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People v. Gil

Court of Appeals of Illinois, First District, Sixth Division

December 13, 2019

JASON GIL, Defendant-Appellant.

          Appeal from the Circuit Court of Cook County. No. 19 CR 03429 Honorable Aleksandra Gillespie, Judge Presiding.

          PRESIDING JUSTICE MIKVA delivered the judgment of the court, with opinion. Justices Cunningham and Connors concurred in the judgment and opinion.



         ¶ 1 This case is before the court on defendant Jason Gil's motion, filed in accordance with Illinois Supreme Court Rule 604(c) (eff. July 1, 2017), for review of the circuit court order denying him release on bail. The State has filed a response to that motion. We recently discussed the abbreviated procedures on a Rule 604(c) appeal in People v. Simmons, 2019 IL App (1st) 191252, and those procedures appear to have been properly followed here.

         ¶ 2 For the following reasons, we reverse the order of the circuit court denying Mr. Gil release on bail and remand to the circuit court for the purpose of setting the amount of bail and other conditions of his release.

         ¶ 3 I. BACKGROUND

         ¶ 4 Mr. Gil was a math teacher at a Chicago Public School. In February 2019, he was arrested and charged with having had a sexual relationship with one of his students since 2016. The victim was alleged to have been 13 and 14 years old during the time that she had ongoing sexual contact and was trading nude photographs with Mr. Gil.

         ¶ 5 On February 12, 2019, a judge in the circuit court found that probable cause existed to detain Mr. Gil for multiple felony offenses. On that date, the court was provided with pretrial services' public safety assessment for Mr. Gil. It showed that Mr. Gil had no criminal record. The assessment placed him at a "1," the lowest possible number, in terms of "new criminal activity." It also placed him at a "1" on the possible failure to appear. It recommended "maximum conditions" if released. The court ordered that Mr. Gil be held without bail. The court focused on the disturbing nature of the alleged crimes and concluded:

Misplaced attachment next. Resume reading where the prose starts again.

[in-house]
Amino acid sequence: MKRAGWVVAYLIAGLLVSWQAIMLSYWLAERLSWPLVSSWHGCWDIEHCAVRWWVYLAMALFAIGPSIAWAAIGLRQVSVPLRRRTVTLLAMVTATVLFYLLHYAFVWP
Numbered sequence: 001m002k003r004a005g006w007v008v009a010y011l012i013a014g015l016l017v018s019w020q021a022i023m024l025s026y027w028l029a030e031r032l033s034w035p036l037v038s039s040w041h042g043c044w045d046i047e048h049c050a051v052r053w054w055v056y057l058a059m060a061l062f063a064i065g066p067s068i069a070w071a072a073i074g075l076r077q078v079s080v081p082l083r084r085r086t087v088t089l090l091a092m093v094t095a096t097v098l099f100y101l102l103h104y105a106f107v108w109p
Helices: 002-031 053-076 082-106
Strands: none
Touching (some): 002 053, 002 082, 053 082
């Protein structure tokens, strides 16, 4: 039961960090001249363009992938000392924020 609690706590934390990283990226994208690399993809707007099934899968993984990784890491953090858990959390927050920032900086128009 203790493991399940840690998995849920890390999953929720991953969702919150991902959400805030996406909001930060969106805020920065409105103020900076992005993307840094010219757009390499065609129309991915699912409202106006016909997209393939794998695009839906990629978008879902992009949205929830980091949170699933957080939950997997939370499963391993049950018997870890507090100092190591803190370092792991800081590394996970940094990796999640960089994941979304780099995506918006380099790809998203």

"The aggravation in this case tremendously outweighs the mitigation. The Court finds that this defendant who stands before me poses a real and present threat to this victim as well as this community. The Court further finds that the proof is evident, the presumption great that this defendant indeed committed those offenses as charged."

         ¶ 6 On February 14, another judge in the circuit court denied Mr. Gil's motion to set bail. The court again focused on the "factors in aggravation and mitigation" and, on the basis of the "findings" of the original circuit court judge, continued the order of no bail. ¶ 7 Mr. Gil was indicted by the grand jury, and the parties then appeared before a third judge on March 26, 2019, for arraignment. Counsel for Mr. Gil argued that he was eligible for bail. The State acknowledged that Mr. Gil was statutorily eligible for bail and that the State had not filed any motion to deny bail. The court again denied the motion for bail and ruled that the earlier order of no-bail would stand.

         ¶ 8 On April 10, 2019, Mr. Gil's counsel filed a motion to reconsider the denial of bail. On July 26, 2019, the parties appeared before the current circuit court judge and she again, after a hearing, concluded: "After hearing the facts of this case, reviewing the Pretrial Services Public Safety Assessment, I agree with my peers that [Mr. Gil] shall be held no bail."

         ¶ 9 On August 28, 2019, Mr. Gil filed a motion in the circuit court, pursuant to Illinois Supreme Court Rule 604(c), seeking further reconsideration of the denial of bail. On October 23, 2019, the parties again appeared before the court, who again denied the motion to reconsider the denial of bail. This last motion was the necessary predicate to filing this appeal under Rule 604(c).

         ¶ 10 II. ANALYSIS

         ¶ 11 The parties' dispute before this court focuses on which section of the bail statute applies in this case. Mr. Gil relies on section 110-6.1 of the bail statute (725 ILCS 5/110-6.1 (West 2016)), which requires the State to file a verified petition before bail can be denied to a defendant who, like Mr. Gil, has been charged with a non-probationable felony offense and requires three specific factual findings before bail can be denied. The State relies on section 110-4(a) of the statute (id. ยง 110-4(a)), which it contends gives the circuit court authority to hold a defendant without bail on a non-probationable felony offense without any petition by the State, so long as the court "after a hearing determines that the release of the defendant would pose a real and present threat to the physical safety of any person or persons." The parties both acknowledge that the ...

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